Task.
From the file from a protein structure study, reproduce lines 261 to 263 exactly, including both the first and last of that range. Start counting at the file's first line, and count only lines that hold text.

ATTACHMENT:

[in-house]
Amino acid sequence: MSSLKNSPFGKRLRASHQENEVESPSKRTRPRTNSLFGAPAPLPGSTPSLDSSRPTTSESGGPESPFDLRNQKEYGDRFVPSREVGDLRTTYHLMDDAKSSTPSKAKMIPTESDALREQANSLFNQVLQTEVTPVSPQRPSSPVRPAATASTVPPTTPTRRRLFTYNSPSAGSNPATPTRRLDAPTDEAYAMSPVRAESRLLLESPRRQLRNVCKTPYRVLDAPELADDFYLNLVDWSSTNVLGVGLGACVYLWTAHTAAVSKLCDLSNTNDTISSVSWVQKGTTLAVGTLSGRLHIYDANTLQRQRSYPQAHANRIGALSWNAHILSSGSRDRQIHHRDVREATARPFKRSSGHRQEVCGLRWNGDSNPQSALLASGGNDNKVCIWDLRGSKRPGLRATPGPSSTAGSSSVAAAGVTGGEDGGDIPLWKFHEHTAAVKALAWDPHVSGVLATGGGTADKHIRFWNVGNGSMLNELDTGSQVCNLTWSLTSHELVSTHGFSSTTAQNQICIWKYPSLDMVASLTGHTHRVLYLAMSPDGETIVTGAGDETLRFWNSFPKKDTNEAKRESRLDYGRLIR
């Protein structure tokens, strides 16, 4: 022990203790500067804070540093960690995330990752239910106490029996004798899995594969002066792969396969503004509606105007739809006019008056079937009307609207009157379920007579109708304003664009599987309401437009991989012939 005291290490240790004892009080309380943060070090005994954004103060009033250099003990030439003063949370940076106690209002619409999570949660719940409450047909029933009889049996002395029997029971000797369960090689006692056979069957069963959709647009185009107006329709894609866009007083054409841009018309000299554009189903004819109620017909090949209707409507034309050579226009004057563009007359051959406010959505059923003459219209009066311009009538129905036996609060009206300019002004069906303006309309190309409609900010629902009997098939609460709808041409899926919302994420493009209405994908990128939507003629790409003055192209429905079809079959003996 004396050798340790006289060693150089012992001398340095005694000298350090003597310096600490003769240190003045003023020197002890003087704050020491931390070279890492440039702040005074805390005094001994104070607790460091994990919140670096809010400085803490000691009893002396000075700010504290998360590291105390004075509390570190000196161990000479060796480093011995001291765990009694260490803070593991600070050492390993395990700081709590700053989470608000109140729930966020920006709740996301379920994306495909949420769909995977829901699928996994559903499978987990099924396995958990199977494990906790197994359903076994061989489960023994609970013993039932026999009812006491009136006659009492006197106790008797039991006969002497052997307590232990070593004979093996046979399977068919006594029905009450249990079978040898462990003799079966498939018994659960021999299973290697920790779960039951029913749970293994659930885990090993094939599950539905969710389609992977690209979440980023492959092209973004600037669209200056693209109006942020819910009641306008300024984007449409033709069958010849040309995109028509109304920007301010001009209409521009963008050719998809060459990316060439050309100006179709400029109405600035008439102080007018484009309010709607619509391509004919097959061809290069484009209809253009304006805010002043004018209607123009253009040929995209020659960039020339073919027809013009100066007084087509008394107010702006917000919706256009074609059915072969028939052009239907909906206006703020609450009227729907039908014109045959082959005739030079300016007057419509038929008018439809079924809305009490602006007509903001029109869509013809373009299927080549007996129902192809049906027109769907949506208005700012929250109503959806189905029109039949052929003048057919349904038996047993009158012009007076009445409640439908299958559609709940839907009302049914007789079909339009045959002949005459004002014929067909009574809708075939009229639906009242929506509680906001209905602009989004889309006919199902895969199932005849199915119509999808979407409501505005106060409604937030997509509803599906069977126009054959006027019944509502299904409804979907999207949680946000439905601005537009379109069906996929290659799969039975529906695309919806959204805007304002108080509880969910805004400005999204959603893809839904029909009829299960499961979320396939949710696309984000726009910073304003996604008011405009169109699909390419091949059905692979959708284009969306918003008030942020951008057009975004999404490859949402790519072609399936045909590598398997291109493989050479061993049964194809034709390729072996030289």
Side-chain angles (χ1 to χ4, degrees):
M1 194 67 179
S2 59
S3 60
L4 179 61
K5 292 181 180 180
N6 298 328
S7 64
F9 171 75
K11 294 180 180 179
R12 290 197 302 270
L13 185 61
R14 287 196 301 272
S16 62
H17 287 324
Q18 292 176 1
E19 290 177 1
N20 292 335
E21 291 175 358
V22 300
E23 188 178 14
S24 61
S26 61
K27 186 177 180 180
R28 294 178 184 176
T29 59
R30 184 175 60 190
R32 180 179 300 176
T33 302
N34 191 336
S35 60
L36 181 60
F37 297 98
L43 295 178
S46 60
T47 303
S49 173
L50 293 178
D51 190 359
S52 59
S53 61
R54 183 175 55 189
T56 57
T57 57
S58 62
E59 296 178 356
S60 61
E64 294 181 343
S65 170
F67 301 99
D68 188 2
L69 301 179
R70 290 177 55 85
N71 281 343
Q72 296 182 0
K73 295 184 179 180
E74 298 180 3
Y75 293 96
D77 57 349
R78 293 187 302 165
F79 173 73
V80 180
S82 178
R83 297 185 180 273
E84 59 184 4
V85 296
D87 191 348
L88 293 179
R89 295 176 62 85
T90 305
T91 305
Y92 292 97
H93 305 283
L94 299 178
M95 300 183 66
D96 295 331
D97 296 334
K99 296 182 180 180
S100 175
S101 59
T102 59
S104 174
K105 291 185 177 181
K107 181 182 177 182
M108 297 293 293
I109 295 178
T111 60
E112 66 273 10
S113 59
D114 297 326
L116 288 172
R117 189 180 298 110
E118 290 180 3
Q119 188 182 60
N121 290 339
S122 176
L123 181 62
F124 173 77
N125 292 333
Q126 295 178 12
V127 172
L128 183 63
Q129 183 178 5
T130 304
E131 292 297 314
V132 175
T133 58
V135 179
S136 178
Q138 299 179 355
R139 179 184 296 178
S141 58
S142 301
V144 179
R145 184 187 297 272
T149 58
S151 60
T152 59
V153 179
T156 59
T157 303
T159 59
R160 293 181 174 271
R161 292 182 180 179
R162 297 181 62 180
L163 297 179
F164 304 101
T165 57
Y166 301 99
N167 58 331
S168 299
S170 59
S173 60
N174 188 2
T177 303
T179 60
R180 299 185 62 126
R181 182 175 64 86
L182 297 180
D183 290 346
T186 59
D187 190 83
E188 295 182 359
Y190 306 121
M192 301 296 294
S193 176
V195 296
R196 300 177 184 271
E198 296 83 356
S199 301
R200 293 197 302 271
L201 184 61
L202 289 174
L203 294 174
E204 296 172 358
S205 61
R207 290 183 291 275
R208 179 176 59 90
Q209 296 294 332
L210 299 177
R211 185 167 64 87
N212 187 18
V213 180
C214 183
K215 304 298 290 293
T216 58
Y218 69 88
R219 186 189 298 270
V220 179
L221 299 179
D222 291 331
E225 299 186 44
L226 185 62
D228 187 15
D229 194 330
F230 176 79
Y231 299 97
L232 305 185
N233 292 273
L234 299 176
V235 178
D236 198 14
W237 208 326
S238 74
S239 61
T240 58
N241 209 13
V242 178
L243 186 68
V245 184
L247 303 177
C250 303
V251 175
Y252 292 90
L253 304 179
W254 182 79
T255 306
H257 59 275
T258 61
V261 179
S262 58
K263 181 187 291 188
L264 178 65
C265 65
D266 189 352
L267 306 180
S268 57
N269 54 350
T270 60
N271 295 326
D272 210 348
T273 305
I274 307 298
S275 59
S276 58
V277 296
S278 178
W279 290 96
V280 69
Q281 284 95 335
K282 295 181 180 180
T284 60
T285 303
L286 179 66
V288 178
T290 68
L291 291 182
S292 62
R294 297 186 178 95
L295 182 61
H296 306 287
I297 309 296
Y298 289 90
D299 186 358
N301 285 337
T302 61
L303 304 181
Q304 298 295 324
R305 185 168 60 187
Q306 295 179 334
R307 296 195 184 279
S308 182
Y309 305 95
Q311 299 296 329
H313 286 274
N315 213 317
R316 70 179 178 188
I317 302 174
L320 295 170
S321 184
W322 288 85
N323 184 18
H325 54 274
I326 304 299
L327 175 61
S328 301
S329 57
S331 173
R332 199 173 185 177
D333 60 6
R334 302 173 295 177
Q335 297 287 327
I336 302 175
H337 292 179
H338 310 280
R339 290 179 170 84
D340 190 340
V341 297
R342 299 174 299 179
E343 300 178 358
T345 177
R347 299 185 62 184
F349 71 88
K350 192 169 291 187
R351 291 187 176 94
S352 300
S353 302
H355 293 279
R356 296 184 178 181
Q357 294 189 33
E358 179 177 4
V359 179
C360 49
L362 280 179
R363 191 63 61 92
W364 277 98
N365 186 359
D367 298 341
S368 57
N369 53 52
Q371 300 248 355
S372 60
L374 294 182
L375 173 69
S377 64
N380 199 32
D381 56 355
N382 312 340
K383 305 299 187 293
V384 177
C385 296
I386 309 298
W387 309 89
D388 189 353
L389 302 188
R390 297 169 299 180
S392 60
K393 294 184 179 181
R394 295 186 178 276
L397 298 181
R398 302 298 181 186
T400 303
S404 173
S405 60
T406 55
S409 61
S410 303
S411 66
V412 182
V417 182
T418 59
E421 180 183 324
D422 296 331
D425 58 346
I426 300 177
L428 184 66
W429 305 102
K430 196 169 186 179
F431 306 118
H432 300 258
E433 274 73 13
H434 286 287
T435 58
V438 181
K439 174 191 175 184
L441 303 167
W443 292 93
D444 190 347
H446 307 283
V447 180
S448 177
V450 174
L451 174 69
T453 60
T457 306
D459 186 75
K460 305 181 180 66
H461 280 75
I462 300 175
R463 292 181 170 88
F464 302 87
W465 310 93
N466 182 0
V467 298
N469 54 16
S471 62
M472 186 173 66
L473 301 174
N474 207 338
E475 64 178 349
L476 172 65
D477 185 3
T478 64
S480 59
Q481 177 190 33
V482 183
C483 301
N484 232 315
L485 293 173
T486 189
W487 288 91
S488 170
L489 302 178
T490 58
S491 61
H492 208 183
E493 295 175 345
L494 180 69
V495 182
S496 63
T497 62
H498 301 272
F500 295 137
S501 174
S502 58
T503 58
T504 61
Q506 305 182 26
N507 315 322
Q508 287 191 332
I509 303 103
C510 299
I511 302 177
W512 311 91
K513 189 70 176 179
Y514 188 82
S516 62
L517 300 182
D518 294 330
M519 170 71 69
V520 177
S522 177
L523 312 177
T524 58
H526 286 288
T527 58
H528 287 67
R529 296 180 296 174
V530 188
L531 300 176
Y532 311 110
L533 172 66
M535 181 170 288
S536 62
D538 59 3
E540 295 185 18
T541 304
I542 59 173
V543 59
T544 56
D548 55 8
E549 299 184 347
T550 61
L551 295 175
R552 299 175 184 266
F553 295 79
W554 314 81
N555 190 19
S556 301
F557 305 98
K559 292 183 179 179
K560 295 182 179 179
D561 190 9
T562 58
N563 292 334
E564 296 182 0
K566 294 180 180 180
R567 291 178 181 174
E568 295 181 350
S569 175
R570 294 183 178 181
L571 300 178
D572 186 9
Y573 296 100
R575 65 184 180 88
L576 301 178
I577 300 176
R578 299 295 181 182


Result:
S331 173
R332 199 173 185 177
D333 60 6